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Penguins Perspectives: The Dubas days of summer

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Welcome to Penguins Perspectives, a weekly column by KDKA-TV Digital Producer Patrick Damp. Each Monday, Patrick will talk about the week that was, the week to come, what to watch for, and more.

PITTSBURGH (KDKA) - The Penguins made one of the biggest splashes of this offseason on Thursday. 

Thursday morning, following weeks of conflicting insider rumors, fan theories, and so much more - it was official. Kyle Dubas hired as president of hockey operations. 

Nearly two weeks after the Toronto Maple Leafs made the stunning decision to part ways with the 37-year-old as their general manager. 

Dubas certainly didn't appear to want to leave - "It's Toronto or nowhere" and "you won't see me popping up somewhere next week" were both said during his postseason media conference, just days following a second-round exit. 

However, that was said after it appeared the team and Dubas were all but certain to agree to a new contract, as Dubas's contract with the Leafs expired on July 1. 

Just a few days later, however, Brendan Shanahan, Toronto's President of Hockey Operations, stunned the hockey world and announced Dubas would not be returning, making Dubas suddenly the most coveted "free agent" of the 2023 offseason.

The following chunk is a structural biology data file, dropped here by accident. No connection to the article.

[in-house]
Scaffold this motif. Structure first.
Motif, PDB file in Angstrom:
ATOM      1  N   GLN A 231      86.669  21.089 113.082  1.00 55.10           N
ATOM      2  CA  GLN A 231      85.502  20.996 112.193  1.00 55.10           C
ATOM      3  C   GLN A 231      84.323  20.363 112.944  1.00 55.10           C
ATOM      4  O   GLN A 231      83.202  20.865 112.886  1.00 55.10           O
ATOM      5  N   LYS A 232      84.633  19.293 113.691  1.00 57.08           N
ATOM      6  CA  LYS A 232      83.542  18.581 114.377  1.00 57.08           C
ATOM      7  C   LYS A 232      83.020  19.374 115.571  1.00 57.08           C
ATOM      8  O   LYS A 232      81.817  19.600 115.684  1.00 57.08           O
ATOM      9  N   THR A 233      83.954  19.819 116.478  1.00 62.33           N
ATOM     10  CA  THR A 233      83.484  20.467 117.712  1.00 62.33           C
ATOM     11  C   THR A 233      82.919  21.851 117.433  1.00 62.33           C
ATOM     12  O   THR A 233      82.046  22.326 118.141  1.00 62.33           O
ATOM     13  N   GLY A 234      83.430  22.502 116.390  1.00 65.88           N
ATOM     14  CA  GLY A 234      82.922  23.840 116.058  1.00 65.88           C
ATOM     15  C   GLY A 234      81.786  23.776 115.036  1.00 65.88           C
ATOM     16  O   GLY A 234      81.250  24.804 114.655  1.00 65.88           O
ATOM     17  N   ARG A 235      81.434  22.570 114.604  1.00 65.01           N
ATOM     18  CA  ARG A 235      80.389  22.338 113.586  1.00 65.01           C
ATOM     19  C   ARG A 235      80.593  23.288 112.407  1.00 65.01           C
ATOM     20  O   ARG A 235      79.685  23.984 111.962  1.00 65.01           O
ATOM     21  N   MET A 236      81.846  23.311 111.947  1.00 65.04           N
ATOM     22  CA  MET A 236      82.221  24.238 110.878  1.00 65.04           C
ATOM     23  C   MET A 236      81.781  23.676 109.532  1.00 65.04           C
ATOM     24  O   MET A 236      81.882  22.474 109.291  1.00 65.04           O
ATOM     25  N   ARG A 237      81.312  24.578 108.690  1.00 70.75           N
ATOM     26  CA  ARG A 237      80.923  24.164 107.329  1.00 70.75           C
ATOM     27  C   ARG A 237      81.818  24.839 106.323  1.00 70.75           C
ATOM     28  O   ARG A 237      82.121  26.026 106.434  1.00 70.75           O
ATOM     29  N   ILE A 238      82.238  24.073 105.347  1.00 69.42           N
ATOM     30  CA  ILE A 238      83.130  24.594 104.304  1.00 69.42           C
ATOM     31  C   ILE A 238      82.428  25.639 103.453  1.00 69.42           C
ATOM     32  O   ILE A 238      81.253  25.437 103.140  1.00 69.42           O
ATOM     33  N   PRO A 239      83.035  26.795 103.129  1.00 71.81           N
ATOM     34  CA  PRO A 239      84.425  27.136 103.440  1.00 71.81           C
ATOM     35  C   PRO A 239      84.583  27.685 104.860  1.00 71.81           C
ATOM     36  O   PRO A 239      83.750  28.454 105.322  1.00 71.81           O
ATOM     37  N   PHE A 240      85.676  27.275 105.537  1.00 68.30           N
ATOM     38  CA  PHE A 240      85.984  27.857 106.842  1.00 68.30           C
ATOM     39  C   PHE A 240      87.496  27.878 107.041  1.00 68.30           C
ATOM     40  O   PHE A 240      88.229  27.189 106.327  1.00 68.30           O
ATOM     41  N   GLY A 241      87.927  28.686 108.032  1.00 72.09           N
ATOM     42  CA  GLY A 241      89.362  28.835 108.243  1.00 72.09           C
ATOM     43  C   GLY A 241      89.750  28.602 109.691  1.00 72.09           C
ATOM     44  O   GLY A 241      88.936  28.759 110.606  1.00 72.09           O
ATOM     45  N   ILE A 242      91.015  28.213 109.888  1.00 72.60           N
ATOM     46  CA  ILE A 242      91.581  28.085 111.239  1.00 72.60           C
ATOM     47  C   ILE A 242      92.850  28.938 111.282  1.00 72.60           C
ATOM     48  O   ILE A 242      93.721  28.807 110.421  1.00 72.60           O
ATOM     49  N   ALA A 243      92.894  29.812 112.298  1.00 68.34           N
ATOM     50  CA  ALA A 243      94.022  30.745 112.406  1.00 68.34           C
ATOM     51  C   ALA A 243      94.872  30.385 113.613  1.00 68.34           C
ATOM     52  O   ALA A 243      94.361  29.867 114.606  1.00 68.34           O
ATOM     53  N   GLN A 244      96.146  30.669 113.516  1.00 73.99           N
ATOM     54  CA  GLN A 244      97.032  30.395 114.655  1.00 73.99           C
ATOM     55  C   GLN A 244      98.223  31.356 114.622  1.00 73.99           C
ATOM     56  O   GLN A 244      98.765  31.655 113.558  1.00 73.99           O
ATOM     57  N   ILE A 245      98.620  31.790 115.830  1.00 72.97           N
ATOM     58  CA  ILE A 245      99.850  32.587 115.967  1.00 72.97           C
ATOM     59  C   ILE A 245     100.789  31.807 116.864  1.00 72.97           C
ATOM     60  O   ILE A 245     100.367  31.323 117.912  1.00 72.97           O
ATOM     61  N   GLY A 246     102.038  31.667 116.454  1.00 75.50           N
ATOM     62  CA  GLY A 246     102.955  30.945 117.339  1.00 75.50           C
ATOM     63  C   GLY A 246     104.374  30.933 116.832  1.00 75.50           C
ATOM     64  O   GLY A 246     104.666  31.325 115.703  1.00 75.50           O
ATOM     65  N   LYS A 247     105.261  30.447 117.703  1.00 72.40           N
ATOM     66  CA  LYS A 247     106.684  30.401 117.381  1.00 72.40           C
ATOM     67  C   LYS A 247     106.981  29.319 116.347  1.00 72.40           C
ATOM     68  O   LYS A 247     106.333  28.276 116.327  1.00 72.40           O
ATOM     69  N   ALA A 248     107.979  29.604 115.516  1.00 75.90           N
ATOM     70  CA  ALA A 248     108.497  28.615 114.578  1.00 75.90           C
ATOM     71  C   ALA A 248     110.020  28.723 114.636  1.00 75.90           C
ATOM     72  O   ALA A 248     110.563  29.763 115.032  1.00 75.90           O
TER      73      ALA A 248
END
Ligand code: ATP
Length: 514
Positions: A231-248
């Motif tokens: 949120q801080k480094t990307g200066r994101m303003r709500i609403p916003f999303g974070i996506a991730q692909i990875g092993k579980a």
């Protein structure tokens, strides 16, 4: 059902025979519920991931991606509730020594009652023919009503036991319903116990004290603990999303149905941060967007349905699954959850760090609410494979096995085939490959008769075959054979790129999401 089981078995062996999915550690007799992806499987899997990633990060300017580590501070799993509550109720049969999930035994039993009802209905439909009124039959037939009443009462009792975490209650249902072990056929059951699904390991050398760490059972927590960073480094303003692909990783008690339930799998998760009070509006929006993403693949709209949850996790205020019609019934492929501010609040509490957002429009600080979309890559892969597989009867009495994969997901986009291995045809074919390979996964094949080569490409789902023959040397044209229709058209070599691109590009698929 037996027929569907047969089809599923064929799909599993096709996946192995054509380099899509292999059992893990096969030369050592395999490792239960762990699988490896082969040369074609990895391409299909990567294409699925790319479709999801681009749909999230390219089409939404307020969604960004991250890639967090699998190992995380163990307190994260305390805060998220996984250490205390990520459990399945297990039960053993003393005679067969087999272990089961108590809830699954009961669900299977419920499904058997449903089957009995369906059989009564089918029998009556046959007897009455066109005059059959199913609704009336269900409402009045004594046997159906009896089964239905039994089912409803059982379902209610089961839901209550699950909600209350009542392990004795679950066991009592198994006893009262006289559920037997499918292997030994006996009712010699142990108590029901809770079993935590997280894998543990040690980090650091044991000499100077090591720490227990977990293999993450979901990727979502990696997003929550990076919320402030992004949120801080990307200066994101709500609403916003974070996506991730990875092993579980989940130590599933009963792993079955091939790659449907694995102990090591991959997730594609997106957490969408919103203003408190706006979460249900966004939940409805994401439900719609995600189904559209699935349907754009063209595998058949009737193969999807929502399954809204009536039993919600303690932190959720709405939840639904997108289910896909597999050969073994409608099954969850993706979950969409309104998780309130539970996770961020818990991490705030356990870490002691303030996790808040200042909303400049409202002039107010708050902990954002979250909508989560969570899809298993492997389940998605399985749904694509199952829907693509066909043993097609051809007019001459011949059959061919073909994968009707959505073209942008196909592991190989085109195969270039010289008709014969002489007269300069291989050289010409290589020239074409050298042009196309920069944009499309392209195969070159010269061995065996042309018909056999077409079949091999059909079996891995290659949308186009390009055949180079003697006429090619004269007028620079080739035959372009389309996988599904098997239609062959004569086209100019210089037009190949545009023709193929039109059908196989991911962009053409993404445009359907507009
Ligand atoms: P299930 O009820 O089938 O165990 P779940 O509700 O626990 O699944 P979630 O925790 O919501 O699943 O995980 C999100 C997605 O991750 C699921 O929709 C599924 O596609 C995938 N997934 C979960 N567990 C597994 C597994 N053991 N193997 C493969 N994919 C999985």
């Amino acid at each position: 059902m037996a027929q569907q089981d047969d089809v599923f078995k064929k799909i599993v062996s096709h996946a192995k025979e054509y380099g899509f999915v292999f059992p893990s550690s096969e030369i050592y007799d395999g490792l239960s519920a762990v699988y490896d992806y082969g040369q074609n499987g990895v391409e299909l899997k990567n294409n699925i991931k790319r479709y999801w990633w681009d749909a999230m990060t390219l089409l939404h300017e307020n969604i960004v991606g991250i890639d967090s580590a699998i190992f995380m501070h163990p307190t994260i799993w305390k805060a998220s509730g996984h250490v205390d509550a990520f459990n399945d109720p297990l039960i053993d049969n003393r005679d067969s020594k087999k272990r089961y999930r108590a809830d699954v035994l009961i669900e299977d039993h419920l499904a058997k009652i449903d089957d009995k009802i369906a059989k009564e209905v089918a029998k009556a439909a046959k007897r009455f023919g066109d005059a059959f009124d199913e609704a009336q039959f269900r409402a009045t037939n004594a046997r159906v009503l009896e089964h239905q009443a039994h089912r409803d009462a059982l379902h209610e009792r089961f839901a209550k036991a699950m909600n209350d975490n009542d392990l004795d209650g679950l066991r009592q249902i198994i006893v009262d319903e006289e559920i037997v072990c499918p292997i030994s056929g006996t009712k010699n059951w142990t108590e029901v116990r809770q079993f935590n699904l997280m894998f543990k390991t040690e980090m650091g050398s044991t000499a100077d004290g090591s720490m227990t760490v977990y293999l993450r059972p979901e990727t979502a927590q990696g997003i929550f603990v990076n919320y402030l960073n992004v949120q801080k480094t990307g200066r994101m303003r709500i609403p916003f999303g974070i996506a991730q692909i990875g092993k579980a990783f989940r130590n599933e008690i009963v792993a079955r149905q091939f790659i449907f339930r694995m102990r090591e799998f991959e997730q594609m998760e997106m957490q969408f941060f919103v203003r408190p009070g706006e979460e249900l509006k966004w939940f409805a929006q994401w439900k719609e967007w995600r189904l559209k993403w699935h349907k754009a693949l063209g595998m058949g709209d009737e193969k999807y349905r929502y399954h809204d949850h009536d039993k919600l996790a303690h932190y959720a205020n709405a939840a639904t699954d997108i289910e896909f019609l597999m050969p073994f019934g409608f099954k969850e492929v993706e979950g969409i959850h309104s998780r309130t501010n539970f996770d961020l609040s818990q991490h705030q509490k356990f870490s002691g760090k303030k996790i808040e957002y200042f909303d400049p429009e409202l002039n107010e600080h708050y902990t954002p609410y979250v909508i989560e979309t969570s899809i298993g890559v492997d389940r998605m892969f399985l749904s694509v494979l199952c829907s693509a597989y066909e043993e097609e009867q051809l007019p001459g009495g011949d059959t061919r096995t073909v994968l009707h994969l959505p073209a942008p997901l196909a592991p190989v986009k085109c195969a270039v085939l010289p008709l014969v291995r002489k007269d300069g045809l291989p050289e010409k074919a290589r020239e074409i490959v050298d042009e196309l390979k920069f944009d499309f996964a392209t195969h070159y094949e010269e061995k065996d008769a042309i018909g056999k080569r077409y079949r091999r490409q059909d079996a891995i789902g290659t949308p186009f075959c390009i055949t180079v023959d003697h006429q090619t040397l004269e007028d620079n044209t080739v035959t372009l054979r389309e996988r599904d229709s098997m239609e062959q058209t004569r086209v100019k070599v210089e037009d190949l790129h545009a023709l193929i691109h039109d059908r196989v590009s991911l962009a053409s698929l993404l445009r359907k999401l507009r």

Now that you know (most of) the backstory, let's get into it what it means for the Penguins. 

It had to be Dubas, it just had to be. 

The Penguins' former ownership, the Lemieux Group, for all the good they did with the likes of Craig Patrick, Ray Shero, and Jim Rutherford, overcorrected in 2021 when they announced the hiring of Ron Hextall and Brian Burke. 

The freewheeling, future-be-damned style of Rutherford got to be taxing by the end, even if it did result in back-to-back Stanley Cups. 

Trading away locker room favorites, fan favorites, productive players, all because of a couple of down weeks, or overcorrecting to Tom Wilson throwing dirty hits - it was time to go in a different direction. 

That direction led to two executives who had a vision for the franchise that was about as clear as mud. 

We've gone over and over about what Hextall's time in Pittsburgh was and you can read that here: Penguins Perspectives: Don't Look Up

In the 50-plus years of Penguins' history, the franchise is at its best when they're being bold, when the stars shine brightest, and when the head of hockey operations is willing to take some big swings. 

Think John Cullen and Zarley Zalapsky to Hartford for Ron Francis, Ulf Samuelsson, and Grant Jennings. 

Think Mark Recchi for Rick Tocchet, Kjell Samuelsson, and Ron Tugnutt. 

Think Phil Kessel coming to Pittsburgh in a blockbuster. Think, even if it didn't work as planned, Derick Brassard as a third-line center when looking for a third straight Stanley Cup.

I could go on and on, but the Pittsburgh Penguins are a franchise that since the late 1980s has been built on high-end skill, bold decisions from management, and not succumbing to the NHL's sprint to safety and risk aversion.